Inflation Concerns Undermine Consumer Sentiment
Inflation worries are weighing on consumers. The University of Michigan’s Consumer Sentiment Index slipped to 66.8 in November, the lowest it has been in a decade and down from 71.7 in October. The slip in sentiment is attributed to both the escalating inflation rate and a belief among consumers that no effective policies have been developed to curb its surge.
In the survey, one in four respondents mentioned inflation-influenced reductions in their standards of living in November, most notably among lower-income and older consumers. While nominal income gains were widely reported, about half of those surveyed anticipated reduced real incomes next year due to inflation. Rising prices for homes, vehicles and durable goods were cited by those surveyed more frequently than any other time in more than half a century.
“The reactions of consumers to surging inflation should be no surprise, as it has been reported during the past several months,” says Richard Curtin, University of Michigan Surveys of Consumers’ chief economist. “The description that inflation would be ‘transient’ has the undertone that consumers could ‘grin and bear it’ as economic policies counted on a quick and automatic self-correction to supply and labor shortages. Instead, the pandemic caused economic dislocation unlike any prior recession, and has been intertwined with partisan interpretations of economic developments.”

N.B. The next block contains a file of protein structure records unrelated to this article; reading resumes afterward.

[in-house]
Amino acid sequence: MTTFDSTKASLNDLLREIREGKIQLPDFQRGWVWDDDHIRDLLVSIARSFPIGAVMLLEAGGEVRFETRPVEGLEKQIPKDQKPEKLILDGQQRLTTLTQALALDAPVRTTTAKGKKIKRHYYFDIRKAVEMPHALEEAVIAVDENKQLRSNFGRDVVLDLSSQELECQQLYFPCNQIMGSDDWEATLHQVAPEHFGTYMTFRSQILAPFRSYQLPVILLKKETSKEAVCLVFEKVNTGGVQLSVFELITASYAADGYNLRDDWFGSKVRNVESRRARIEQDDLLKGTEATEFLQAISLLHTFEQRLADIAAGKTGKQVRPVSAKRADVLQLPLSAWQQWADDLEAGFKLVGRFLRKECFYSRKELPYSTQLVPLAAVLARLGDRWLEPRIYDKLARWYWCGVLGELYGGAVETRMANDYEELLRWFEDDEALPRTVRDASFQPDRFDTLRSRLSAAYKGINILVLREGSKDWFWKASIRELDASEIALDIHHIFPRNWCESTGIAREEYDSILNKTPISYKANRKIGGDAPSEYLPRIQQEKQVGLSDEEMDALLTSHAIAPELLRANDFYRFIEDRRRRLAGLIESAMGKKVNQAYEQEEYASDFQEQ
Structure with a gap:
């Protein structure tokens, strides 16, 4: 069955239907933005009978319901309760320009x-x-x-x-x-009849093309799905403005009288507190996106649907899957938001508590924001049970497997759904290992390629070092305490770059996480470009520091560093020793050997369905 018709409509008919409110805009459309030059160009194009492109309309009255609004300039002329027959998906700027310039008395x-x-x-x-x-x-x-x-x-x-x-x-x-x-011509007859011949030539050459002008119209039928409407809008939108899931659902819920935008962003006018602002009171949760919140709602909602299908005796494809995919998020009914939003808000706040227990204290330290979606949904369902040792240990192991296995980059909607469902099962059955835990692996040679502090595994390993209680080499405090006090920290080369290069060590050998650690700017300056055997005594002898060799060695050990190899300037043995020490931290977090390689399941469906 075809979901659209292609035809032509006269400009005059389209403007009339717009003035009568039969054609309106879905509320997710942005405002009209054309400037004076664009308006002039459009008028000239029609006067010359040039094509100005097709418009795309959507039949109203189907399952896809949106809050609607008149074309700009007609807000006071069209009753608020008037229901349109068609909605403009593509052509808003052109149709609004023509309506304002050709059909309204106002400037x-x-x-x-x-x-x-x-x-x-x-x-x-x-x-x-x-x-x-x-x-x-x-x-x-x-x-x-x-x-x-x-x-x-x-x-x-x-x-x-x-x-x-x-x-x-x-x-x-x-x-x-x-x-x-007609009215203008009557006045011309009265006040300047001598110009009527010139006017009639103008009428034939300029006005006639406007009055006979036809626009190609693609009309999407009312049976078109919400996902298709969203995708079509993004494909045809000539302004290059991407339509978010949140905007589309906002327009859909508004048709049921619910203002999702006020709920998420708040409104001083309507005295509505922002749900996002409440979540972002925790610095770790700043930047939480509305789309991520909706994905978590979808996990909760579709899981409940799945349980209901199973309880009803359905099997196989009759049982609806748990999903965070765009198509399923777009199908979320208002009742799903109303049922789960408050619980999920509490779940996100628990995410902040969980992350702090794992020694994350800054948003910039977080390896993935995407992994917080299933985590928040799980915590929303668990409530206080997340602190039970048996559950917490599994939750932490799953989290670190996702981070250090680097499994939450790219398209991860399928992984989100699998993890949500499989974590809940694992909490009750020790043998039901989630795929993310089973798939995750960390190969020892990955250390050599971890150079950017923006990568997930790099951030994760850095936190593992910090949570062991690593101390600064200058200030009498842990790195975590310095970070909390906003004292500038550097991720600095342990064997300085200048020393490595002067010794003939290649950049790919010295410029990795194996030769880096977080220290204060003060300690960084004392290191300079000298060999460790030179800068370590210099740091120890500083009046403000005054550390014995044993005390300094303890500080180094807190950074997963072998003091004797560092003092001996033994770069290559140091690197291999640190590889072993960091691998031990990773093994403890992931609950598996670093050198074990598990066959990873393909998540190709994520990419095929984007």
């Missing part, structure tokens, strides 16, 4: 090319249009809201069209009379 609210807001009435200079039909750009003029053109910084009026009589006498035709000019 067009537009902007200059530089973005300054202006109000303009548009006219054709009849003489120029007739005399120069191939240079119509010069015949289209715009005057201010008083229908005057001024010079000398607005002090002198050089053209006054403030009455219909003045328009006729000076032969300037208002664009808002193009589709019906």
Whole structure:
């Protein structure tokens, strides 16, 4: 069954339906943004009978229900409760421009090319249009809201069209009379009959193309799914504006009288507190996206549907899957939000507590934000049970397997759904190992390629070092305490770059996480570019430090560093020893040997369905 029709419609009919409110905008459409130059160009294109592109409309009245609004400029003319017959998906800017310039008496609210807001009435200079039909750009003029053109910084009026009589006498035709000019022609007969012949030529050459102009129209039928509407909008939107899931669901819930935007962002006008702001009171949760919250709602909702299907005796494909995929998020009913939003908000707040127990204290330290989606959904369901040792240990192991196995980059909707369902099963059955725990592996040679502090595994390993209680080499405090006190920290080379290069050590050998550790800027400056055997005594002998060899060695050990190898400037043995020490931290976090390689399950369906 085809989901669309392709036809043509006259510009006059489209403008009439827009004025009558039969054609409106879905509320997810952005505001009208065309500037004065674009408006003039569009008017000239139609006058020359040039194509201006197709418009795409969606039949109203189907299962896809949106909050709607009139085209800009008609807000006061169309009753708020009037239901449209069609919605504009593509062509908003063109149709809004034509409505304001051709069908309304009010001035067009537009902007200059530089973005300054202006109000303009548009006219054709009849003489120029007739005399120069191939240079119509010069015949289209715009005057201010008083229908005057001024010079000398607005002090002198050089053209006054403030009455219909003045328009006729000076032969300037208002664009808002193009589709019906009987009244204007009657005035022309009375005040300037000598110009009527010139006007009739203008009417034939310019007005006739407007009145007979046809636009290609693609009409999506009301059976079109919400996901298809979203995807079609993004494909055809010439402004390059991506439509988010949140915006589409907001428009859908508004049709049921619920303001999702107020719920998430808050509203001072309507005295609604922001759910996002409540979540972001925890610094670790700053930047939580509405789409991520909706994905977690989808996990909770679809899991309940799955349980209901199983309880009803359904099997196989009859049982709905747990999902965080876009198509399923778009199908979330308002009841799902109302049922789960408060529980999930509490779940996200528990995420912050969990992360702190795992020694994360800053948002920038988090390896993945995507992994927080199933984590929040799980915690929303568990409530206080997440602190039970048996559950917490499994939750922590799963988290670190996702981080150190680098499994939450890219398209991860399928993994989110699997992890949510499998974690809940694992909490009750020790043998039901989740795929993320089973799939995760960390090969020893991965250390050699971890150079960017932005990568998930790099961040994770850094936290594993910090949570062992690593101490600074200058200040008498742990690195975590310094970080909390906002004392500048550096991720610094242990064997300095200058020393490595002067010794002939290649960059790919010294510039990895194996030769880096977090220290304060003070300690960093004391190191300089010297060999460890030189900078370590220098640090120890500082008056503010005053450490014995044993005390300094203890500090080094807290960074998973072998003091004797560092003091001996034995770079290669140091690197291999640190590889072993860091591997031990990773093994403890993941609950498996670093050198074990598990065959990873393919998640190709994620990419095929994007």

Highlighting the partisan influence on consumer sentiment, Curtin noted that the moods of consumers play a central role in how information is processed—positive moods promote more casual and less detailed information processing, and negative moods promote more formal and deliberate information processing, especially of potentially negative developments. He says, “Partisans aligned with the President's party have adopted very positive moods, and those in the opposing camp very negative moods. As a result, partisan supporters either mentioned or ignored rising home and stock values, inflation and income growth rates, or mentioned or ignored employment or unemployment rates, and so forth. The partisan differences in perceptions were not minor, but were large and equal in size. They were larger than differences across income, age and education.”
Energy, shelter and vehicle costs are leading the inflation increases. Last week, the Labor Department released data on the consumer price index (CPI) for October, a metric based on a “basket” of goods that includes gasoline, groceries, rent and health care. October’s CPI rose 6.2 percent from October 2020, the largest annual increase since December 1990. Removing volatile food and fuel from the calculation, the so-called core CPI was up 4.6 percent from one year ago, still the largest year-over-year increase since August 1991. An increase in hourly earnings of 0.4 percent between September and October was more than swallowed up by the CPI surge—on a monthly basis, it increased 0.9 percent since September—pushing real wages after inflation down 0.5 percent.